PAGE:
As the Olympian winners savor their gold, silver and bronze medals and the London party winds down, I think much of the world is still perplexed by the intersection between Islam, women and sports.
The global Muslim mosaic is multi-lingual, multi-cultural and multi-ethnic — as are the women. In Bishkek, I met a vodka-drinking Krgyz woman with a doctoral degree. She defies the traditional stereotype of Muslim women — and yet she views herself as a solid, observant, liberal Muslim who said to me: “I am every bit as Muslim as any other Muslim.” She is a stark contrast to Saudi, Yemeni and Nigerian women controlled by the strict tenets of sharia.
Nine Muslim women contestants won medals in the London Olympics. They represented the world’s Islamic spectrum. Their faith dictated their norms of dress, including the hijab which the Olympic committee compromised on for Wojdan Ali Seraj Abdulrahim Shahrkhani from Saudi Arabia who competed in Judo.
Modesty, no doubt, is a vital tenet for conservative Muslim women — many of whom do not want to negotiate the hijab, moderating their modesty, even as they participate in the Olympic Games. On the other hand, for Americans, modesty is of no import in the sports arena, where performance trumps all.
For me, the bottom line issue about sports for Muslim girls and women is how it impacts their fitness, health and well being. In strict sharia-driven societies, Muslim women are often deprived of exercise. A Human Rights Watch report, “Steps of the Devil: Denial of Women and Girls Rights to Sport in Saudi Arabia,” highlights, “Gender discrimination in Saudi Arabia is institutional and entrenched. Millions of girls are banned from playing sports in schools and women are prohibited from playing team sports and denied access to sports facilities, including gyms and swimming pools.”
The big question is where does this conservatism come from? Are these views propagated by the Islamic faith or culture? The words and actions of Prophet Mohammed would suggest that these restrictive views on women’s sports are inconsistent with the faith.
But not all countries we think of as being religiously dominated are in the anti-girls sports camp. In an article entitled, “Islam and Women’s Sports,” Gertrud Pfister explains Iran, where Muslim feminists claim that neither the Quran nor Muhammad’s sayings prescribe women’s exclusion from public life. Iranians support physical activity and good health for both sexes.
In fact, Iran has the distinction of being an enlightened forerunner in supporting women’s sports as championed by Fa’ezeh Hashemi, daughter of President Rafsanjani. Almost 20 years ago, Hashemi initiated the first Women’s Games in Iran (in 1993); and once again in 2005 when 1,700 athletes from 40 countries competed and 10,000 people attended — while Saudi Arabia brings up the rear — permitting women to participate this year in the 2012 Olympics.
When local culture wins, women mostly lose: Muslim women athletes are caught in the cross fire between faith and culture. If the latter is dominated by patriarchy, misogyny and tribal customs, the religious support for sports and good health is simply ignored. Muslim sociologists fight back by referencing Islamic sources in concluding sports for health should be mandated for women. The struggle is increasingly more between progressive sports loving Muslim women like Lina al-Maeena, founder of the Jeddah United basketball league, being pitted against regressive female sexuality/chastity advocates. These concerns are also tied closely to family honor which could be challenging as Muslim women forge new frontiers for themselves.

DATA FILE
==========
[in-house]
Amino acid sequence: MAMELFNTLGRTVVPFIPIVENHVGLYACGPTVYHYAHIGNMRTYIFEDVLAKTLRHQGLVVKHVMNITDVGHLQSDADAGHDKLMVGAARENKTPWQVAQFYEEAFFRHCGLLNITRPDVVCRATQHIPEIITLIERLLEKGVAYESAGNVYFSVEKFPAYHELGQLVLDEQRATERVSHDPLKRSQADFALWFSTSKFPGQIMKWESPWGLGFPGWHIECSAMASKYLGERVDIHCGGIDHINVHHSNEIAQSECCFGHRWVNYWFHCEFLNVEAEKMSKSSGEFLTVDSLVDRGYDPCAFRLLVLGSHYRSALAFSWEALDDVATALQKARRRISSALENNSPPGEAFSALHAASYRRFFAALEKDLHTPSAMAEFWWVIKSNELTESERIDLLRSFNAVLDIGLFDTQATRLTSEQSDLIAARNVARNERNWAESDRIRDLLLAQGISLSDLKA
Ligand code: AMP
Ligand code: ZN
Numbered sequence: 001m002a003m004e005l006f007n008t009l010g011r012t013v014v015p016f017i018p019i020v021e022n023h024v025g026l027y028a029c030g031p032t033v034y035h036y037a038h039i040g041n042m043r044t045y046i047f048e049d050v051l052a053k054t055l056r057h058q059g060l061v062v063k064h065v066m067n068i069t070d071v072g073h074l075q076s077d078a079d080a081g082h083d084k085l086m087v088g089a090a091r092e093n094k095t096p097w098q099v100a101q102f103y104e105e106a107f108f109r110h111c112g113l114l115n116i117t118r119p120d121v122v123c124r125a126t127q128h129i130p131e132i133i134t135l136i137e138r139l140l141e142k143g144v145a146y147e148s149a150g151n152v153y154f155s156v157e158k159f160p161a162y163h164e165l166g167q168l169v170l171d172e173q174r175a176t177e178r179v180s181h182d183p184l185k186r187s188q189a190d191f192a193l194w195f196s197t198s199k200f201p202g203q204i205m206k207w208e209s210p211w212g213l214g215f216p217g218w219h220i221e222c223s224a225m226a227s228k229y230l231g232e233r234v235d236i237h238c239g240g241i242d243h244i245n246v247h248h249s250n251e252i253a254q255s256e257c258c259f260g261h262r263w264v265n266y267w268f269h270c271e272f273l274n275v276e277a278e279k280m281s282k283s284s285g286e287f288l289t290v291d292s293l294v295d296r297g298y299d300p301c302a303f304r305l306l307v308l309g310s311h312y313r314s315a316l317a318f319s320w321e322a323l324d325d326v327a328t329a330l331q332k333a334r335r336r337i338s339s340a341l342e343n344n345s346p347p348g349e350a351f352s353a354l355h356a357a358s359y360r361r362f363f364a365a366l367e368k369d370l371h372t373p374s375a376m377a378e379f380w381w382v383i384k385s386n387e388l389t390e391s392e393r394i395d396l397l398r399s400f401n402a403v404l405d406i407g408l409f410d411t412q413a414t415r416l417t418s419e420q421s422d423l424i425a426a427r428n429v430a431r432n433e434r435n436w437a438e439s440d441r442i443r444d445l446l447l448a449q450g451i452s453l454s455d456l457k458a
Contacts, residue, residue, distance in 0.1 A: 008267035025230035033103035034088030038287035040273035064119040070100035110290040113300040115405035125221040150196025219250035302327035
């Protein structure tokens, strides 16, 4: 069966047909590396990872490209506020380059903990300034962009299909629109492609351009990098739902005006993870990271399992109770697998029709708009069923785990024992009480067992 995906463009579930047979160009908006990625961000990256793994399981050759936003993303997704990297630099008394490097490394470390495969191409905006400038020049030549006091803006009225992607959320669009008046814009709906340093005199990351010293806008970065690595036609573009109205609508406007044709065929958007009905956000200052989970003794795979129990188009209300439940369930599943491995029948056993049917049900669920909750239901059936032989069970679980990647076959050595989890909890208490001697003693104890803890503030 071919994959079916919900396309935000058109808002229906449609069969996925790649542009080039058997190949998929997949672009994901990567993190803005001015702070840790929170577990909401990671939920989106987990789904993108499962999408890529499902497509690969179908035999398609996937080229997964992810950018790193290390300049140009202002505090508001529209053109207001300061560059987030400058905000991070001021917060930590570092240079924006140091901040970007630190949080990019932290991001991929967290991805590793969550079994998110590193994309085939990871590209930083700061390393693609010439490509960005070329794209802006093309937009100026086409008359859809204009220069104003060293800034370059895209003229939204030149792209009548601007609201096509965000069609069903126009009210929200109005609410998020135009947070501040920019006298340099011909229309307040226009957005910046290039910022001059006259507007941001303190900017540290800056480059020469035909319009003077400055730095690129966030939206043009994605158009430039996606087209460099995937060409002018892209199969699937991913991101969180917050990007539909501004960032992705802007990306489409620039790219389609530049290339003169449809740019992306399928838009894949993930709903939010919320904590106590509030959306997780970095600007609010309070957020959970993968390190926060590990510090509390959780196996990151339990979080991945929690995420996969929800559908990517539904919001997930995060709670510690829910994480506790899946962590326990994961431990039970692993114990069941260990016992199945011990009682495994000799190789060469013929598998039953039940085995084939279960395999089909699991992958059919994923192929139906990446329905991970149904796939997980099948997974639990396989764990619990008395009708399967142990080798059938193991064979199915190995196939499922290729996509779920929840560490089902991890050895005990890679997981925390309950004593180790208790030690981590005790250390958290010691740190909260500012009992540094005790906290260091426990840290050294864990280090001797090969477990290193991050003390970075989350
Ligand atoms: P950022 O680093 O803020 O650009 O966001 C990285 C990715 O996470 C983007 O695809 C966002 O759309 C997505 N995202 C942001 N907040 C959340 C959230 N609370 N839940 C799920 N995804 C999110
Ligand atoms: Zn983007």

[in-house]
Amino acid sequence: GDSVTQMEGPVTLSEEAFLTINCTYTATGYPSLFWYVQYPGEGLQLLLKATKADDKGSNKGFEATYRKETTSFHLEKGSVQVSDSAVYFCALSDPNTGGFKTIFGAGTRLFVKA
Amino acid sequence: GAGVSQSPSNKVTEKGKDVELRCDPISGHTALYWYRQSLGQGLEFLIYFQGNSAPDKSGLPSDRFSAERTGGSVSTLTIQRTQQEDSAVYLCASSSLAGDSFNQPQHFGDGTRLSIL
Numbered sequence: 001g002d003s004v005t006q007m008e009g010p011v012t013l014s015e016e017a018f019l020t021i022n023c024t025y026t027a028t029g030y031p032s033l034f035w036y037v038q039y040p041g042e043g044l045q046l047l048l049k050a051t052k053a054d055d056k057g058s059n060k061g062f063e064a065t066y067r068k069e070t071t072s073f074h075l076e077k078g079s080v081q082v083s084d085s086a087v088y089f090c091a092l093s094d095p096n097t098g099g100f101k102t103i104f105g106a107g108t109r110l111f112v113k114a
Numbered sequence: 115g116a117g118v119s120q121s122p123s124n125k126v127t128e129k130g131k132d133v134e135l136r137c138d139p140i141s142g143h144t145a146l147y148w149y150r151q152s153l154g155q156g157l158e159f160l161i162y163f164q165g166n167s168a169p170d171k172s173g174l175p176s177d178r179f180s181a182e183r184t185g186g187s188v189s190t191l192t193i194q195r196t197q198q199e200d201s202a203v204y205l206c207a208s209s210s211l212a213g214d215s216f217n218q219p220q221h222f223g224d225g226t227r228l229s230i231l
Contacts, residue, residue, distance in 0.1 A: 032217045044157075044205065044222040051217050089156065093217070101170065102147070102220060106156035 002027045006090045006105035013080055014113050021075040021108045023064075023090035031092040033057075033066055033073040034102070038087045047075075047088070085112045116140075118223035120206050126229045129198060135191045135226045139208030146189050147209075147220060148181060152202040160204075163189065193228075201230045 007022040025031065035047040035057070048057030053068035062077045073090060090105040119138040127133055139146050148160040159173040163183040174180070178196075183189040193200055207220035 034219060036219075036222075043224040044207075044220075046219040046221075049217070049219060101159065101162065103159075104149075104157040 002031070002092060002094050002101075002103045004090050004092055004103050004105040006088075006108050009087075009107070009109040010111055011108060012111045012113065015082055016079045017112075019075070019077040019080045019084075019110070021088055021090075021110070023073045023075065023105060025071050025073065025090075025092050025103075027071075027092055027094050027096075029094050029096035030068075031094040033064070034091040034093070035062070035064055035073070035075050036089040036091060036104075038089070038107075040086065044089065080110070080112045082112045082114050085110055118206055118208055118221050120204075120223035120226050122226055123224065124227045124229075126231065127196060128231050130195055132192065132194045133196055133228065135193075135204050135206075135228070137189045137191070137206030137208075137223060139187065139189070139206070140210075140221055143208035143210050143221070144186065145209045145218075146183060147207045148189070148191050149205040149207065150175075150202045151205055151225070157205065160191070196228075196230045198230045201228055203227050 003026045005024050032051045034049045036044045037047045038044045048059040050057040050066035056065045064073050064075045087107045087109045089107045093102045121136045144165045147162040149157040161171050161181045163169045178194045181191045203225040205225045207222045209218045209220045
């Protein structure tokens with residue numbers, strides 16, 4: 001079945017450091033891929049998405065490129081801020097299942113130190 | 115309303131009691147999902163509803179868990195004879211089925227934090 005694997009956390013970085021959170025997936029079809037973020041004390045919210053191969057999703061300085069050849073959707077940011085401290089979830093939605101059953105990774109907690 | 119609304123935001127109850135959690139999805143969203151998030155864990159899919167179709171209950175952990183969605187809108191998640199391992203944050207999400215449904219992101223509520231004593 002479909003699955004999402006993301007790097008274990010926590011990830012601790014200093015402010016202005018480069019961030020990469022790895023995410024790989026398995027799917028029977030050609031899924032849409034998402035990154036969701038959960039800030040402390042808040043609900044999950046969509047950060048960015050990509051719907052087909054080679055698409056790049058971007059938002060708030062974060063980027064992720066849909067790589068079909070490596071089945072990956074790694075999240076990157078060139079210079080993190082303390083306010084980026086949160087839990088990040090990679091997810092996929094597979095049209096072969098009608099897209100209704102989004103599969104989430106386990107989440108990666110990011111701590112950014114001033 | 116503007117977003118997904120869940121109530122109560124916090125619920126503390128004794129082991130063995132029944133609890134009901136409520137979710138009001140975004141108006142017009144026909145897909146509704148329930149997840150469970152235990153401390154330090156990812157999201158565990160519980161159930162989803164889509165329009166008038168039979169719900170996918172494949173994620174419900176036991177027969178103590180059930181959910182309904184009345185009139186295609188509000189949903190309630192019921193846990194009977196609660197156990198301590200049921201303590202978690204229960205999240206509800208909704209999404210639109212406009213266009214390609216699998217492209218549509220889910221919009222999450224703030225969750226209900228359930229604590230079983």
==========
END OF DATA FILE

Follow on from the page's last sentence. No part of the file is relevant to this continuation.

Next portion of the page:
But what is the genuine Islamic tradition? What did the Prophet say about women and sports?
Ahmed Shihab Eldin, in “Saudi Arabia’s Olympic Paradox: Insulting Women, Islam and “Prostitutes” on HuffPost, quotes a Saudi female friend questioning Saudi Arabia’s interpretation of the faith: “To me it is a contradiction to Islam itself. The prophet said teach your children 3 things, archery, swimming and riding horse. … Archery for being self-sufficient and getting food, riding horses for mobility and swimming for sport.” The friend goes one step further and she says, “today’s modern world equivalent — getting a job, driving cars and sports in general — are still restricted for millions of women.”
This violation of religious tradition has serious consequences. It impacts women’s ability to exercise, to compete in sports and most egregious of all is its detrimental impact on their health. Obesity of >25kg among 20+ years, is very high in Saudi Arabia: for men it is 70.2 percent and for women it is 73.2 percent — but before we get too high handed, here is the comparative data set for American men 72.5 percent and for American women 66.3 percent (according to the WHO Global Status 2010 report). Better now than later for both nations to address this health hazard for both sexes.
Just to remind ourselves of Islam’s origins and positions, I would like to revisit a story about Prophet Muhammad and his wife Aisha, a significant religious scholar. Aisha who loved games and sports says: “I raced with the Prophet and I beat him. Later when I had put on some weight, we raced again and he won. Then he said this cancels that (referring to the previous race).”
And finally, when in doubt, Muslims can again revert to the Prophet who is reported to have said: “And your body also has a right over you.” This is the Islam of my youth. It is the Islam of sense, sensibility and spirituality — a faith of moderation, a way of life which also believes in the oneness of humanity.